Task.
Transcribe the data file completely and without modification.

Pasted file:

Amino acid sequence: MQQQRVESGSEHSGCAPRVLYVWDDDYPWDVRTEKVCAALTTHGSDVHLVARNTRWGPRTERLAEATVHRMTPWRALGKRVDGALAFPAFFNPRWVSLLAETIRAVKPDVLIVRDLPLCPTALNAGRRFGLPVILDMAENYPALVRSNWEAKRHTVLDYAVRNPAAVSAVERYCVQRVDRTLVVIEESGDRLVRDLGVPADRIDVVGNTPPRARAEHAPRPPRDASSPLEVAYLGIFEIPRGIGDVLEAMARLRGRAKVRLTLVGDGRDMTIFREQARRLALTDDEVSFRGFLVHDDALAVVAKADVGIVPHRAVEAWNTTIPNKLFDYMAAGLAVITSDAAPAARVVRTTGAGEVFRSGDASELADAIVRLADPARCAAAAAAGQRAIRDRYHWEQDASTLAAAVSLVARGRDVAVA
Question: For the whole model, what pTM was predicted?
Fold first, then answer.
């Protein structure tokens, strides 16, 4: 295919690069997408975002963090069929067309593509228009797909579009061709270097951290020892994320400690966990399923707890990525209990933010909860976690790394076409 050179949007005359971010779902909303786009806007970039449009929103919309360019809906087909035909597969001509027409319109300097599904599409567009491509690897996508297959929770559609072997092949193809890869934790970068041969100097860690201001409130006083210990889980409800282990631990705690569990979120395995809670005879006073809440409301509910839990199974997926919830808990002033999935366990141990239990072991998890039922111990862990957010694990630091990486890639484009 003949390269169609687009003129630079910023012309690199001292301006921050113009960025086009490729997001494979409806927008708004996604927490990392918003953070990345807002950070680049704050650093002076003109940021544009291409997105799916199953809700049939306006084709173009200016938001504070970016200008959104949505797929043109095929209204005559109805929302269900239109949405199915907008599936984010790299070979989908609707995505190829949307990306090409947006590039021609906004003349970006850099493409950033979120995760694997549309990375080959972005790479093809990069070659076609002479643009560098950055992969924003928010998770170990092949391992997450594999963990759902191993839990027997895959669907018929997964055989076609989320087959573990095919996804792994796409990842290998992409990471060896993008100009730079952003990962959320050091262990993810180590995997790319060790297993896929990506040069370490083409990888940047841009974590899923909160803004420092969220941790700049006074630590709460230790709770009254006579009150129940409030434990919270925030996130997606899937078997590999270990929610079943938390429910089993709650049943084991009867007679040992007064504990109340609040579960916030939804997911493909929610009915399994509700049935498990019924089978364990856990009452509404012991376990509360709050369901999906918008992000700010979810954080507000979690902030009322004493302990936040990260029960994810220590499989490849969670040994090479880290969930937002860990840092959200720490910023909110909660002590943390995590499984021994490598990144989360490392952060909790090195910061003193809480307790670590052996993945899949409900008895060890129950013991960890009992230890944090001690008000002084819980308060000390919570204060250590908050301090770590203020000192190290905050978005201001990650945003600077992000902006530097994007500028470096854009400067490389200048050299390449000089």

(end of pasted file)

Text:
Amino acid sequence: MQQQRVESGSEHSGCAPRVLYVWDDDYPWDVRTEKVCAALTTHGSDVHLVARNTRWGPRTERLAEATVHRMTPWRALGKRVDGALAFPAFFNPRWVSLLAETIRAVKPDVLIVRDLPLCPTALNAGRRFGLPVILDMAENYPALVRSNWEAKRHTVLDYAVRNPAAVSAVERYCVQRVDRTLVVIEESGDRLVRDLGVPADRIDVVGNTPPRARAEHAPRPPRDASSPLEVAYLGIFEIPRGIGDVLEAMARLRGRAKVRLTLVGDGRDMTIFREQARRLALTDDEVSFRGFLVHDDALAVVAKADVGIVPHRAVEAWNTTIPNKLFDYMAAGLAVITSDAAPAARVVRTTGAGEVFRSGDASELADAIVRLADPARCAAAAAAGQRAIRDRYHWEQDASTLAAAVSLVARGRDVAVA
Question: For the whole model, what pTM was predicted?
Fold first, then answer.
């Protein structure tokens, strides 16, 4: 295919690069997408975002963090069929067309593509228009797909579009061709270097951290020892994320400690966990399923707890990525209990933010909860976690790394076409 050179949007005359971010779902909303786009806007970039449009929103919309360019809906087909035909597969001509027409319109300097599904599409567009491509690897996508297959929770559609072997092949193809890869934790970068041969100097860690201001409130006083210990889980409800282990631990705690569990979120395995809670005879006073809440409301509910839990199974997926919830808990002033999935366990141990239990072991998890039922111990862990957010694990630091990486890639484009 003949390269169609687009003129630079910023012309690199001292301006921050113009960025086009490729997001494979409806927008708004996604927490990392918003953070990345807002950070680049704050650093002076003109940021544009291409997105799916199953809700049939306006084709173009200016938001504070970016200008959104949505797929043109095929209204005559109805929302269900239109949405199915907008599936984010790299070979989908609707995505190829949307990306090409947006590039021609906004003349970006850099493409950033979120995760694997549309990375080959972005790479093809990069070659076609002479643009560098950055992969924003928010998770170990092949391992997450594999963990759902191993839990027997895959669907018929997964055989076609989320087959573990095919996804792994796409990842290998992409990471060896993008100009730079952003990962959320050091262990993810180590995997790319060790297993896929990506040069370490083409990888940047841009974590899923909160803004420092969220941790700049006074630590709460230790709770009254006579009150129940409030434990919270925030996130997606899937078997590999270990929610079943938390429910089993709650049943084991009867007679040992007064504990109340609040579960916030939804997911493909929610009915399994509700049935498990019924089978364990856990009452509404012991376990509360709050369901999906918008992000700010979810954080507000979690902030009322004493302990936040990260029960994810220590499989490849969670040994090479880290969930937002860990840092959200720490910023909110909660002590943390995590499984021994490598990144989360490392952060909790090195910061003193809480307790670590052996993945899949409900008895060890129950013991960890009992230890944090001690008000002084819980308060000390919570204060250590908050301090770590203020000192190290905050978005201001990650945003600077992000902006530097994007500028470096854009400067490389200048050299390449000089």